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Research background: Transfer of newly created money through unconventional monetary measures follows the official European Central Bank distribution key. Yet, it does not take into account the ability of individual countries to drive growth process in other economies. Money spent to boost domestic credit provisioning in growth pole-like economies is more likely to spill over to other adjoined economies and help them to recover, even in the presence of depressed domestic demand and/or overleveraged domestic banking sector.
Purpose of the article: This paper reports growth pole scores for 19 euro area countries, and compares it to the official distribution key used to transmit newly created source of funding.
Methods: We modify the procedure developed in World Bank (2011) for growth pole com-putation in order to account for strength of linkages connecting member states.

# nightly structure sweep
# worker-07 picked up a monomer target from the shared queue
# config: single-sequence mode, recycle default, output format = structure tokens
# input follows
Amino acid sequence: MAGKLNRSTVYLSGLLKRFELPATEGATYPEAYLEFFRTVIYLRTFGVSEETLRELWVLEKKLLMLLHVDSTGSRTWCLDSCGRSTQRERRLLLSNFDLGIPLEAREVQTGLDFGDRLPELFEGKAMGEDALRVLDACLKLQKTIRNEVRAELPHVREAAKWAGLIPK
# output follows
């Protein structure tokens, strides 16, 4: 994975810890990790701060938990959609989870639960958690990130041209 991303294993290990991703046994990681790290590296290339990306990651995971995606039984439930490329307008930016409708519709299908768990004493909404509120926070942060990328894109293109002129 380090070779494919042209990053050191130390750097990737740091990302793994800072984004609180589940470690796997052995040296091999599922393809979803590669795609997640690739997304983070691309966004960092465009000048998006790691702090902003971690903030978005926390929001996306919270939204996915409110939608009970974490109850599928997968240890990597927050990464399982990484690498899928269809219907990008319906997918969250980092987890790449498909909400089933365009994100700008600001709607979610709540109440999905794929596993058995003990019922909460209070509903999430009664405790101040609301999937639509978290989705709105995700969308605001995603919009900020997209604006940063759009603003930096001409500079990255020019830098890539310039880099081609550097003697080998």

Findings & Value added: Our results suggest that the official distribution key might not be completely optimal once looking at the growth pole scores. Countries small in economic size (Baltic states, Slovakia and Slovenia) would benefit from a more differentiated distribution, as they strongly outperform their benchmark set by the official distribution key. On the other hand, big euro area economies do not achieve the levels used in official distribution key, taking into account their growth pole potential for other euro area economies.
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